• Beautifully written Anne. (Simeon is my favorite character in all this drama). So of special interest is v.27, in the singular, “the parents brought in the child Jesus, to do for him after the custom of the law…”; unless we dismiss this as Luke’s confusion, the sole prescription of Law is that of paying the five shekels. So I am cornered by lack of evidence or motivation urging any other reason “after the custom of the Law” for the “presentation”. I conclude that Joseph (not Mary) paid the five shekels. Recall Jesus’s lesson on compliance biblehub.com/context/matthew/17-24.htm
    – Richard7
    Dec 12, 2021 at 14:01

It is true, that at the first Passover, at the Exodus from Egypt, God demanded that the firstborn of every womb be dedicated to God in remembrance of the deliverance of the firstborn during the 10th plague.

Ex 13:2, 14-16 - Consecrate to Me every firstborn male.a The firstborn from every womb among the Israelites belongs to Me, both of man and beast.

In the future, when your son asks you, ‘What does this mean?’ you are to tell him, ‘With a mighty hand the LORD brought us out of Egypt, out of the house of slavery. And when Pharaoh stubbornly refused to let us go, the LORD killed every firstborn in the land of Egypt, both of man and beast. This is why I sacrifice to the LORD the firstborn male of every womb, but I redeem all the firstborn of my sons.’ So it shall serve as a sign on your hand and a symbol on your forehead, for with a mighty hand the LORD brought us out of Egypt.”

This dedication the firstborn to the LORD was summarized at the formal establishment of the Israelite covenant recorded in the "Book of the Covenant" (Ex 24:7) in Ex 19-23 under God's stated intention to have the firstborn as priests dedicated to God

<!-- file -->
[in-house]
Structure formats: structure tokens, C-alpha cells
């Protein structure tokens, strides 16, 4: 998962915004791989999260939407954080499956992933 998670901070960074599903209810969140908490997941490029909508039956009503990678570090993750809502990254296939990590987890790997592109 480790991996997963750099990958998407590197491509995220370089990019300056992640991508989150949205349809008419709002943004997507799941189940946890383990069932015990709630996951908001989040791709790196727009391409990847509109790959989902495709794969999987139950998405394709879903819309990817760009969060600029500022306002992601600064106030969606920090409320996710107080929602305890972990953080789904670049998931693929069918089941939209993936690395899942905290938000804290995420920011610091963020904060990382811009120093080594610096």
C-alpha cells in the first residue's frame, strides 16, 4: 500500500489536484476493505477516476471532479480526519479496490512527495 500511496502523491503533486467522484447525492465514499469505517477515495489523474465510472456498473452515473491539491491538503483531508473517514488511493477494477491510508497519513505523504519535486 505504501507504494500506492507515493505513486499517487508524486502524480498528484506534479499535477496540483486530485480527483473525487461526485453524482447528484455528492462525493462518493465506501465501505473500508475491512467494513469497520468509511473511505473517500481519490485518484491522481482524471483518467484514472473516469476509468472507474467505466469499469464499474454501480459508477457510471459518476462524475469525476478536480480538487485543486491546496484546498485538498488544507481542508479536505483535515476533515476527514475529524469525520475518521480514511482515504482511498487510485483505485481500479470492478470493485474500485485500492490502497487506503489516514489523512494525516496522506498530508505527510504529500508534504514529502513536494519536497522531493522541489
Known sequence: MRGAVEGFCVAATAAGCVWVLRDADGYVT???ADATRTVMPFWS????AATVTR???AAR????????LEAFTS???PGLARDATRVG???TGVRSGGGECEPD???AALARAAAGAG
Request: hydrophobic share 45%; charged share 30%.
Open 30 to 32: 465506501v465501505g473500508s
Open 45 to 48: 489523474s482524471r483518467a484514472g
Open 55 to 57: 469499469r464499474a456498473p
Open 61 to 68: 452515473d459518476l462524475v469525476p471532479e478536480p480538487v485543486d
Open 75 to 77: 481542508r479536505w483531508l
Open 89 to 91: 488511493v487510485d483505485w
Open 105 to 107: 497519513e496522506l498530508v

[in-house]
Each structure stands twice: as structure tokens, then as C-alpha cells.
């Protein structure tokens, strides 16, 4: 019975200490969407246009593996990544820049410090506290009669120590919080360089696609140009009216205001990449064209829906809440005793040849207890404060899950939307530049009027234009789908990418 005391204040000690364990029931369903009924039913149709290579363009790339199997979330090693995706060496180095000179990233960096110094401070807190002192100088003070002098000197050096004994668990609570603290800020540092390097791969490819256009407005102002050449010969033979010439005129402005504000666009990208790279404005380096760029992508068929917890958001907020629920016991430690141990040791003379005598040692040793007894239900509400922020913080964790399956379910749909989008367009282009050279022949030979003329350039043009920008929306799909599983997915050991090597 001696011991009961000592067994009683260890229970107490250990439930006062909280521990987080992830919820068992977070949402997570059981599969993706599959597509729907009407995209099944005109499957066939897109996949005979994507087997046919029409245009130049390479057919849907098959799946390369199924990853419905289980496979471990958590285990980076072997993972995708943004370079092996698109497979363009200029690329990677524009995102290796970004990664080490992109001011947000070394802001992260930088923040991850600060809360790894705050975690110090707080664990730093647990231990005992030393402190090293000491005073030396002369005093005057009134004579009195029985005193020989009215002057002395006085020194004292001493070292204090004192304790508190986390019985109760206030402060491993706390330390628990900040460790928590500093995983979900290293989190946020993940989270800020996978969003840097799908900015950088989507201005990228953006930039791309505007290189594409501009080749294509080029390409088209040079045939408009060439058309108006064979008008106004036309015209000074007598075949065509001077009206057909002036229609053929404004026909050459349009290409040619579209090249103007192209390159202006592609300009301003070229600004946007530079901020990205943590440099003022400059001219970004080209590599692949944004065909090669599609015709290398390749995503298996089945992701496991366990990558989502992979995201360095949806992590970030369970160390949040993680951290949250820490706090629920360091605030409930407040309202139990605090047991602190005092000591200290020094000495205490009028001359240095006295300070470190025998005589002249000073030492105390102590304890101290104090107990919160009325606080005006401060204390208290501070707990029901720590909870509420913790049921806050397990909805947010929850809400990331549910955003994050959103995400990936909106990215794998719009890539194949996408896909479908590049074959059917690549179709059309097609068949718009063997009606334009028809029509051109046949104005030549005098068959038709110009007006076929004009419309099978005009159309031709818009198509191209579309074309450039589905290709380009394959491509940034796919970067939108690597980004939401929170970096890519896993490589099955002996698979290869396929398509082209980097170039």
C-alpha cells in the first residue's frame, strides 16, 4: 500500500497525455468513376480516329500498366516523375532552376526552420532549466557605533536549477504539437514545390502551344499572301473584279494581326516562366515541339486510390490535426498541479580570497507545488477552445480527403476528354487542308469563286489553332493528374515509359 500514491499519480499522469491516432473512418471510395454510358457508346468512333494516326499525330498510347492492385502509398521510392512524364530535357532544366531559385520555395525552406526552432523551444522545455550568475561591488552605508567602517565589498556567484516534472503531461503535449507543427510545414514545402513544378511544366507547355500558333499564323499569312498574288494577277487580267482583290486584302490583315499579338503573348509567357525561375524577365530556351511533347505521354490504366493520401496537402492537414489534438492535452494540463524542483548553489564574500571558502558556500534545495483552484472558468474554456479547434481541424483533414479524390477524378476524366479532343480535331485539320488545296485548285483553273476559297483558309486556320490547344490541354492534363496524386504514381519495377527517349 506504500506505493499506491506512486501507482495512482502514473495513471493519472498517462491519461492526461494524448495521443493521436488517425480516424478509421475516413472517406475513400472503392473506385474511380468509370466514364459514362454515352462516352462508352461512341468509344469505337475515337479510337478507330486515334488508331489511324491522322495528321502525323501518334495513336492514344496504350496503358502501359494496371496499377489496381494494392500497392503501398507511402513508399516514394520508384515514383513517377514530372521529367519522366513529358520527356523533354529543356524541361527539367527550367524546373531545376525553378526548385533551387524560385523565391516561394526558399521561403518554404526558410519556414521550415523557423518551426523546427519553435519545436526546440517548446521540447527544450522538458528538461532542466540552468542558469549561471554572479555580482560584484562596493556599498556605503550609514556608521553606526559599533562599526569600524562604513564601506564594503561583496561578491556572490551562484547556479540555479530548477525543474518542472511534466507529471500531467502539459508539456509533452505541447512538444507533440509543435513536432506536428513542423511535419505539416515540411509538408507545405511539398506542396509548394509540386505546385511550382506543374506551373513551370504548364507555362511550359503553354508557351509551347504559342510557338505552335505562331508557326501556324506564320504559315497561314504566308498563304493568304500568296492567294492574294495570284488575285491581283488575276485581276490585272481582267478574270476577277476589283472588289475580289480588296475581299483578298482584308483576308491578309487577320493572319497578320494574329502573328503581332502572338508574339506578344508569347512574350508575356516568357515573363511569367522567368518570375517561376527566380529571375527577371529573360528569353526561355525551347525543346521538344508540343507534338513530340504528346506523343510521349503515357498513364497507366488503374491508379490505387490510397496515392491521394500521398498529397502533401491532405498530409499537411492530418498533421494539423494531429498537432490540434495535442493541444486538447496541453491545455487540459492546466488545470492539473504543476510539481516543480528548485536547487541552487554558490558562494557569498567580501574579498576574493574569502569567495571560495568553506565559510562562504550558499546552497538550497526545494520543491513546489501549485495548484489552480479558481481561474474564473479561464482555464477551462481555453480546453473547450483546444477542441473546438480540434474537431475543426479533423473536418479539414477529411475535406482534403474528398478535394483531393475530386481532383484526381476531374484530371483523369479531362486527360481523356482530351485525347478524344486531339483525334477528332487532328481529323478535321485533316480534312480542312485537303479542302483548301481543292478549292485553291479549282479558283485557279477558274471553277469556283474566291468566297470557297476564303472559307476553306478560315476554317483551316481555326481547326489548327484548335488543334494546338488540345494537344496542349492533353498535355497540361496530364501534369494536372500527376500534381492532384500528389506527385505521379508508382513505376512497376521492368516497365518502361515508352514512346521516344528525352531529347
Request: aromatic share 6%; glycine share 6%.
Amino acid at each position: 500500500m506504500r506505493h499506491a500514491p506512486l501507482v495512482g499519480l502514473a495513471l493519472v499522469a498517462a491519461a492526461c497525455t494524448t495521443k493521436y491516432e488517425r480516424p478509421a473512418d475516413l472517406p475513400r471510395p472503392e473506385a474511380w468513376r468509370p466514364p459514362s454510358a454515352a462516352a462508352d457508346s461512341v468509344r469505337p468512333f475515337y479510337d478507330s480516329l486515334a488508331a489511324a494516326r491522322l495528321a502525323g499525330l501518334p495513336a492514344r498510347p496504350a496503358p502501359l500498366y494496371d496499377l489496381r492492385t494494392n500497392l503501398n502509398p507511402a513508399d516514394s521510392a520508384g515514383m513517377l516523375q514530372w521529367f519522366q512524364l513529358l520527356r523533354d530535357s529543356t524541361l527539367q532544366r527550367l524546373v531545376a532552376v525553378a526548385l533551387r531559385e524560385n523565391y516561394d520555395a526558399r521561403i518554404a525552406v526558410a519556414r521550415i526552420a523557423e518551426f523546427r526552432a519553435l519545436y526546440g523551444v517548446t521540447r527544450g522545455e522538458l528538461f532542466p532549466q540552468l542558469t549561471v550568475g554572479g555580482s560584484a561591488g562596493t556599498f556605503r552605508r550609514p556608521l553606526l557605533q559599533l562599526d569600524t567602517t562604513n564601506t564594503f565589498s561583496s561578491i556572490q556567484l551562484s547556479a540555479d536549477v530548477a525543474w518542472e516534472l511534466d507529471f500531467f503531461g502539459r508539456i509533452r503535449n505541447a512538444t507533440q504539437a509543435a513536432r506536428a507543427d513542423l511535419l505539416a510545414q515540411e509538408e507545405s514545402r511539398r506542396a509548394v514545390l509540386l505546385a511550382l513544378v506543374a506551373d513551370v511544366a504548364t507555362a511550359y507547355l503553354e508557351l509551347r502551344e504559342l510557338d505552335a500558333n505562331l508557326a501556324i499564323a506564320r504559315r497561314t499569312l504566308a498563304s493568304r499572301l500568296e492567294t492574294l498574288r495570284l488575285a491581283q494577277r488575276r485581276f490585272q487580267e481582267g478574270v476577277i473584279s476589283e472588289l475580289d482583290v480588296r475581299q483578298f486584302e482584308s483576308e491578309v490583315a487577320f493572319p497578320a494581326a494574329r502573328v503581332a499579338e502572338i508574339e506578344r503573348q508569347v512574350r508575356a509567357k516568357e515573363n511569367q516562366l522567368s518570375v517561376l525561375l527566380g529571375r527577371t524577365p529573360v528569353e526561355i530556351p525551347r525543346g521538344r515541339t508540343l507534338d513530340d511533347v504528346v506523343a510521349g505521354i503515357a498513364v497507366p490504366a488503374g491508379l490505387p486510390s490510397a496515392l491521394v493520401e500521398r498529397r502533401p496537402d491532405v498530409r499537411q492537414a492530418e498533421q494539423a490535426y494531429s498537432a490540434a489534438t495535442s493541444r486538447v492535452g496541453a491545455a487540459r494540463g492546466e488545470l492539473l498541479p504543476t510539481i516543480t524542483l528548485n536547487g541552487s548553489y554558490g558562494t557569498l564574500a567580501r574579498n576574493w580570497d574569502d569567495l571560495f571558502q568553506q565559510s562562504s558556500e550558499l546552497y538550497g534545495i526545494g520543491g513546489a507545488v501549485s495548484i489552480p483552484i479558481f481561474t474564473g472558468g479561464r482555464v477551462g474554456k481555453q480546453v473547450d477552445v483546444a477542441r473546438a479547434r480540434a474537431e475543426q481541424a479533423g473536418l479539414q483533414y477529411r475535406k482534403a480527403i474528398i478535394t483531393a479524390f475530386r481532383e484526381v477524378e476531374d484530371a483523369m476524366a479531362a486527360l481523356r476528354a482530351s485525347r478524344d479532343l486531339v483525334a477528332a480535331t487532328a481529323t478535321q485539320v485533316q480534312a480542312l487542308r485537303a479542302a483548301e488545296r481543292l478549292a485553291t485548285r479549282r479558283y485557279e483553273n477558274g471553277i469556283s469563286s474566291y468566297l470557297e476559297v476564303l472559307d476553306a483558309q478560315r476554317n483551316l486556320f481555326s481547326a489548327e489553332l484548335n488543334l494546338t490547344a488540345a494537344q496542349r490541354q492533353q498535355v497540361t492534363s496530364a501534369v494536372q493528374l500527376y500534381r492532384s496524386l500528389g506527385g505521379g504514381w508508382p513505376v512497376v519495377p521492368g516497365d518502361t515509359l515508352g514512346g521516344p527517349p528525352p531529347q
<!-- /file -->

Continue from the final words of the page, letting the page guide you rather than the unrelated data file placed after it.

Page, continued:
Ex 19:5 - And unto Me you shall be a kingdom of priests and a holy nation.

[Compare 1 Peter 2:9, 12.] Later, this was changed - God instructed Moses to substitute the dedication of the firstborn with the tribe of Levi when the Levitical Covenant was established with a formal priesthood:

Num 3:11-13 - Again the LORD spoke to Moses, saying, “Behold, I have taken the Levites from among the children of Israel in place of every firstborn Israelite from the womb. The Levites belong to Me, for all the firstborn are Mine. On the day I struck down every firstborn in the land of Egypt, I consecrated to Myself all the firstborn in Israel, both man and beast. They are Mine; I am the LORD.”

Later in the same chapter, more details of this exchange are given:

Lev 3:44-50 - Again the LORD spoke to Moses, saying, “Take the Levites in place of all the firstborn of Israel, and the livestock of the Levites in place of their livestock. The Levites belong to Me; I am the LORD. To redeem the 273 firstborn Israelites who outnumber the Levites, you are to collect five shekels for each one, according to the sanctuary shekel of twenty gerahs. Give the money to Aaron and his sons as the redemption price for the excess among the Israelites.”

So Moses collected the redemption money from those in excess of the number redeemed by the Levites. He collected the money from the firstborn of the Israelites: 1,365 shekels, according to the sanctuary shekel. And Moses gave the redemption money to Aaron and his sons in obedience to the word of the LORD, just as the LORD had commanded him.